News

San Francisco supervisors defend refusal to support Caltrain sales tax

An empty Caltrain pulls out of the Mountain View train station on March 18, 2020. Photo by Magali Gauthier.

San Francisco supervisors Shamann Walton and Aaron Peskin on Wednesday stood by their refusal to support asking voters in November to support a sales tax for Caltrain, though the move seemed to threaten the rail system's future.

Like most transit agencies, Caltrain has seen a dramatic drop in ridership during the COVID-19 pandemic and is struggling financially as a result; up to 70% of its revenue comes from passenger fares. A dedicated sales tax assessed in San Francisco, Santa Clara and San Mateo counties would help.

Both San Mateo County's Board of Supervisors and the San Mateo County Transit District, or SamTrans, which operates Caltrain for the Peninsula Joint Powers Board, have approved putting the measure on November ballots in the region.

But the boards of supervisors in San Francisco and Santa Clara counties and the leaders of San Francisco Municipal Transportation Agency and the Santa Clara Valley Transportation Authority also must agree.

Walton, who is San Francisco's representative on the Joint Powers Board, said the fact that Caltrain is operated by SamTrans presents a problem.

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"(That) means San Francisco voters and San Francisco leadership don't actually make decisions as to what happens with the funds," Walton said. "But yet we pay millions of dollars to the railroad each year. This inequitable relationship has to change."

The sales tax was initially proposed to fund the electrification of Caltrain, but the agency now needs the funding to keep operating. It said its weekday average ridership, at 65,000 before the pandemic, has dropped by 95%.

"Let me be very clear, we continue (to) support Caltrain as a regional resource and I want to give San Mateo County its due for stewarding Caltrain over many years. It is time to move the governance model and the funding model into the twenty-first century," Peskin said. "This is about the intermingling of funds for a county bus operation with regional railroad."

"The notion that the poorest individuals in the three counties would be a source of funding for Caltrain did not go over well with our colleagues," Peskin said of the San Francisco supervisors, adding that over the last year he and Walton have been discussing the proposed tax with Santa Clara and San Mateo county leaders.

Wednesday morning, Caltrain tweeted that it "needs dedicated funding." Also on Twitter, San Mateo Mayor Joe Goethals said Peskin doesn't "care about traffic or the environment."

Sam Liccardo, mayor of San Jose, which is in Santa Clara County, sought middle ground, tweeting, "I'll push for a regional agreement - but San Mateo County cannot assume that we'll happily just give them our money without any accountability to our county's taxpayers."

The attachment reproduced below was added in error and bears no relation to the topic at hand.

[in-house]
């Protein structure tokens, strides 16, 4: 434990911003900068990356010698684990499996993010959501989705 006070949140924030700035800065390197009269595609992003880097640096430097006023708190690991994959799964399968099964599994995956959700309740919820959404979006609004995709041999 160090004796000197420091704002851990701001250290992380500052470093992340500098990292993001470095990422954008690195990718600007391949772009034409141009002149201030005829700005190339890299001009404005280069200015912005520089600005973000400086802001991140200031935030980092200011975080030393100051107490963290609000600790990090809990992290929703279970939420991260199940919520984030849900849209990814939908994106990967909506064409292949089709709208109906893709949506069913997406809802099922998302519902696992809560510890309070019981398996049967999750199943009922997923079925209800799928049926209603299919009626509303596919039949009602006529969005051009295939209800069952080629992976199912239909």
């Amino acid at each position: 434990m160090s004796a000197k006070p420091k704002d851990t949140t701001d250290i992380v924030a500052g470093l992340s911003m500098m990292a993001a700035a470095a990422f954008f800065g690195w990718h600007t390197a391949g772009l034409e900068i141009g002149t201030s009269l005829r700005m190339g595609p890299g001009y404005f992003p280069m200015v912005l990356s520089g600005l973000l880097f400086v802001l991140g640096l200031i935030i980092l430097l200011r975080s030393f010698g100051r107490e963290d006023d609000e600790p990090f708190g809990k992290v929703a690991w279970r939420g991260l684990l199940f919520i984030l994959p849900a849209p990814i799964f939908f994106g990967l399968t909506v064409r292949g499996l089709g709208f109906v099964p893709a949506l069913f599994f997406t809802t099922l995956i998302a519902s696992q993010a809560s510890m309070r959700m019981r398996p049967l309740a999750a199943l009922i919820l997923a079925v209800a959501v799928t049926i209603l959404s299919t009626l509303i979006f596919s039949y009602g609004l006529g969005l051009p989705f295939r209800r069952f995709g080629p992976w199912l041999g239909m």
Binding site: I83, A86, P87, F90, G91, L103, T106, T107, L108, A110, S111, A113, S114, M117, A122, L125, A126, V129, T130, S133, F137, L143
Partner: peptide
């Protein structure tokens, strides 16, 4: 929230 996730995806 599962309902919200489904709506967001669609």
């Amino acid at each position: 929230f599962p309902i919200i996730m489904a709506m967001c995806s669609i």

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San Francisco supervisors defend refusal to support Caltrain sales tax

by / Mountain View Voice

Uploaded: Thu, Jul 16, 2020, 12:56 pm

San Francisco supervisors Shamann Walton and Aaron Peskin on Wednesday stood by their refusal to support asking voters in November to support a sales tax for Caltrain, though the move seemed to threaten the rail system's future.

Like most transit agencies, Caltrain has seen a dramatic drop in ridership during the COVID-19 pandemic and is struggling financially as a result; up to 70% of its revenue comes from passenger fares. A dedicated sales tax assessed in San Francisco, Santa Clara and San Mateo counties would help.

Both San Mateo County's Board of Supervisors and the San Mateo County Transit District, or SamTrans, which operates Caltrain for the Peninsula Joint Powers Board, have approved putting the measure on November ballots in the region.

But the boards of supervisors in San Francisco and Santa Clara counties and the leaders of San Francisco Municipal Transportation Agency and the Santa Clara Valley Transportation Authority also must agree.

Walton, who is San Francisco's representative on the Joint Powers Board, said the fact that Caltrain is operated by SamTrans presents a problem.

"(That) means San Francisco voters and San Francisco leadership don't actually make decisions as to what happens with the funds," Walton said. "But yet we pay millions of dollars to the railroad each year. This inequitable relationship has to change."

The sales tax was initially proposed to fund the electrification of Caltrain, but the agency now needs the funding to keep operating. It said its weekday average ridership, at 65,000 before the pandemic, has dropped by 95%.

"Let me be very clear, we continue (to) support Caltrain as a regional resource and I want to give San Mateo County its due for stewarding Caltrain over many years. It is time to move the governance model and the funding model into the twenty-first century," Peskin said. "This is about the intermingling of funds for a county bus operation with regional railroad."